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Spring is here!
‘Where flowers bloom, so does hope.’
– Lady Bird Johnson
Few can resist the early calls of spring: melodious song, endless green and the harsh, cold winter finally coming to an end. We can enjoy walks on the beach again and successfully dry our laundry outdoors. For our predecessors the coming of spring was even more important, since a cruel winter could mean the death of precious crops that were meant to feed their families. Spring signified the start of a bountiful season and it was celebrated as such – with simple habits that were transformed into traditions all around the world today.
I was born in Bulgaria, a country known for being one of the world’s biggest producers of rose oil, and for its freezing winter temperatures. So we officially welcome spring on the first of March when people all over Bulgaria buy and exchange trinkets made of red and white thread and pin them to their clothing. White symbolises purity and snow, while red stands for life and the sun.
Sometimes, they’re even worn as jewellery, and they are kept on until the people see flower blossoms or a stork, or until the 31st March arrives, and they are then tied to a blossoming tree. We call this the celebration of Grandma March, since we tend to think of winter as a grumpy old lady. The decorations make her happy again and she allows the warmth of spring back into our country.
In Russia there is a different spring feast called Maslenitsa. It is celebrated in the last week before Easter Lent (a period of fasting). Thin pancakes that look like the spring sun are made in every household, and then people go out in the streets wearing costumes and masks celebrating the passing of winter by singing and dancing. Towards the end of the week, they forgive each other for the past year’s mistakes and start off Lent with a clean slate.
On the other side of the planet, Japan and Korea welcome spring by celebrating the blooming of the cherry trees which are planted everywhere. People have picnics under the trees, laying blankets on the carpet of white blossoms and spending the afternoon watching the blossoms fall like snow.
England, a country slightly closer to us, celebrates spring on the first of May and calls it May Day. Since it coincides with Workers’ Day there are usually parades, but mostly music and dancing enjoyed by all in the streets. Other countries such as Austria and Germany also partake in this joyous holiday but they hold their parties the night before.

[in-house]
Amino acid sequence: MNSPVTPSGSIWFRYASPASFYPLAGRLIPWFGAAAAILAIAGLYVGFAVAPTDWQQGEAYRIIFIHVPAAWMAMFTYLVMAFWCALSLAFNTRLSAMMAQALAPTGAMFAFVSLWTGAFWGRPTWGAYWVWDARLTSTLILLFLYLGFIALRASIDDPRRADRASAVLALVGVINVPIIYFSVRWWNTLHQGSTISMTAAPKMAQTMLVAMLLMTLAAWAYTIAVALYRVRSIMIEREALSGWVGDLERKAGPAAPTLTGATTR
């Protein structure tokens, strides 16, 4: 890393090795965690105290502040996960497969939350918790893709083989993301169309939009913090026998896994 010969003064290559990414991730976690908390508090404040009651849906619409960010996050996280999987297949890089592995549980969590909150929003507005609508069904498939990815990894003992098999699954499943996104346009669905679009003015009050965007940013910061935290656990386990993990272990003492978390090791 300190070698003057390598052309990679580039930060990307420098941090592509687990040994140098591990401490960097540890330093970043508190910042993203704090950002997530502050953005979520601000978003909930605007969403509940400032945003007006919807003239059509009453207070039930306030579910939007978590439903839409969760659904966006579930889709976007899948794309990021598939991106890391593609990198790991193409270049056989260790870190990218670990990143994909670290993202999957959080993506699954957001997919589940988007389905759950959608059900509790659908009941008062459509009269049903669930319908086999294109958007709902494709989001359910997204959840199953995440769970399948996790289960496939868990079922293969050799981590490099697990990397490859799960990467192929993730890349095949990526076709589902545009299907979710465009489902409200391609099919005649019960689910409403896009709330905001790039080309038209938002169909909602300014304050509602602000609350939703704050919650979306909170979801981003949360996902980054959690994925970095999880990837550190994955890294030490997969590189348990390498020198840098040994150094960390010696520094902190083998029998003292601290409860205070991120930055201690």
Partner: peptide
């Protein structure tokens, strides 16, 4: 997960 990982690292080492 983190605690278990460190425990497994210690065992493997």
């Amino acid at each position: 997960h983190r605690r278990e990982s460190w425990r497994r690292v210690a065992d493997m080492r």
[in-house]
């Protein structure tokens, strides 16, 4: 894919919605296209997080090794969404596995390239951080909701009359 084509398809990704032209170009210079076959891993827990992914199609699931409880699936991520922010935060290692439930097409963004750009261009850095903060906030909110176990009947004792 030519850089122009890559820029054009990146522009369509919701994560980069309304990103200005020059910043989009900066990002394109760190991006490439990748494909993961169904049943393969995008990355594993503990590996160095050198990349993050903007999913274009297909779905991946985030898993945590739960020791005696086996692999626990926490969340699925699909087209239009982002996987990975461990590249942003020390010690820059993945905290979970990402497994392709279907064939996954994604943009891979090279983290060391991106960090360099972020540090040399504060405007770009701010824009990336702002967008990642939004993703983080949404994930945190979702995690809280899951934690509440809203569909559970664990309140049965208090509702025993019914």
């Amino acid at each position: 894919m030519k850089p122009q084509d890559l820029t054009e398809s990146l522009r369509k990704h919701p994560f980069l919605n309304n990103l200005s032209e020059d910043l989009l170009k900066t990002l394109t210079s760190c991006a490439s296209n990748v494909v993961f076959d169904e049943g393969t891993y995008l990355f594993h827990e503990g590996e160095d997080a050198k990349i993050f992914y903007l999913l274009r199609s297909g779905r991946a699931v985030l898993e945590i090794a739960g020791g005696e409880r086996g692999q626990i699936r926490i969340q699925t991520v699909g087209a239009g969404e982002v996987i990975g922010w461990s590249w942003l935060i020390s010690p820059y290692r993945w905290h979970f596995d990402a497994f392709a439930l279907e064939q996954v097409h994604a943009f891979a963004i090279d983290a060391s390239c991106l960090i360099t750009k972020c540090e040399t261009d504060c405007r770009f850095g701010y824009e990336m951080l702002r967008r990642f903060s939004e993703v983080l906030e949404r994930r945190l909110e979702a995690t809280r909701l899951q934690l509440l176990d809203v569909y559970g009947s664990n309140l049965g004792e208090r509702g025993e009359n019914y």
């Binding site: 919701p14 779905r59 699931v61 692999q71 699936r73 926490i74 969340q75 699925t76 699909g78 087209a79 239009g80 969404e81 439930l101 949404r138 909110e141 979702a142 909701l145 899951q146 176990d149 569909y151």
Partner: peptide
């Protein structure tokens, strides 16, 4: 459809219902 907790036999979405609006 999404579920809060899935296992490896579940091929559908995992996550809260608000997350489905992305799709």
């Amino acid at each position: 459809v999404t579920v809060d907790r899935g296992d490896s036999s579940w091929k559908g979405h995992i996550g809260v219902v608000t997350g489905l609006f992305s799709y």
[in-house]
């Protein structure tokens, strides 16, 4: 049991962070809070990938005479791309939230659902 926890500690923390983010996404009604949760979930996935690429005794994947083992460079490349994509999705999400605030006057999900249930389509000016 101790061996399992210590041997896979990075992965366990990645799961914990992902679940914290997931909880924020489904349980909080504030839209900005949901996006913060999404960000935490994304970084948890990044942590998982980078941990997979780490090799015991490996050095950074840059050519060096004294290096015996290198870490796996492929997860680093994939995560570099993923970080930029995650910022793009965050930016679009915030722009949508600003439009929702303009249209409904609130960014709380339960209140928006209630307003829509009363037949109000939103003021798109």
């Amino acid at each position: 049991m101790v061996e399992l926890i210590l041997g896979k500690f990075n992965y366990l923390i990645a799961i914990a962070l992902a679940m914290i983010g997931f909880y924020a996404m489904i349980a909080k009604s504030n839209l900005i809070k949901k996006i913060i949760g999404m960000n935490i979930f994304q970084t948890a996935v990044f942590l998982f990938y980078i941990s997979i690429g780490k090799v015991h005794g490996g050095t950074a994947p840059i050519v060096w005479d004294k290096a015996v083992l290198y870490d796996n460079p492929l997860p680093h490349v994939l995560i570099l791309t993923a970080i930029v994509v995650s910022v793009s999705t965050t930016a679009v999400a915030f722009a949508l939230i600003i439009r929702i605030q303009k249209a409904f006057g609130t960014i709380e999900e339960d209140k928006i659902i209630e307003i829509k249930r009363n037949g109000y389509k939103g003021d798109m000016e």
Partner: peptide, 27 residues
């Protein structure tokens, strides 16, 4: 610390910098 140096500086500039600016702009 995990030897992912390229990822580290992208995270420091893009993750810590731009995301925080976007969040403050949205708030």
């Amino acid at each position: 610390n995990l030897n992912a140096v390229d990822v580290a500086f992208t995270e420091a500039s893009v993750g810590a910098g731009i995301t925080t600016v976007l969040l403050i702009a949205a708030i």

Spring in Malta is one of the prettiest seasons in the year – it is when nature is at its finest. It is a great time to visit Malta and combine an English Language course with short holiday as the weather is not hot and the countryside is in full bloom. Spring is also a time when Easter is celebrated, a festive season that is enjoyed by the young and not so young. During the Easter week, you will find Processions, Easter vigils and other traditional practices are carried out in a number of towns and villages.
Every country celebrates spring differently – so how does your country welcome spring? Do you have any special spring holidays?
Focus on Fluency
Melodious – pleasant to the ear;
Predecessors – the people who lived before us;
Bountiful – rich;
To stand for – to mean;
Trinkets – ornaments, jewellery;
Fasting – not eating certain foods;
To start off with a clean slate – to start from zero
About the Author
Roberta read English at the University of Malta and became a teacher the day after her last exam. She has recently completed her CertTESOL. When she is not at work she enjoys reading everything she can get her hands on and petting other people’s cats. She swears she will get a cat of her own one day.
If you are planning to visit Malta this summer, we’ve provided you a list of events you should attend during your stay!
As of today, 9 May 2022, travel into Malta will no longer be categorised into ‘red’ and ‘dark red’. Quarantine upon arrival has been removed.
ESE has recently received the award from the YEDAB and Eurasia Workshops for handling the COVID-19 crisis best so far.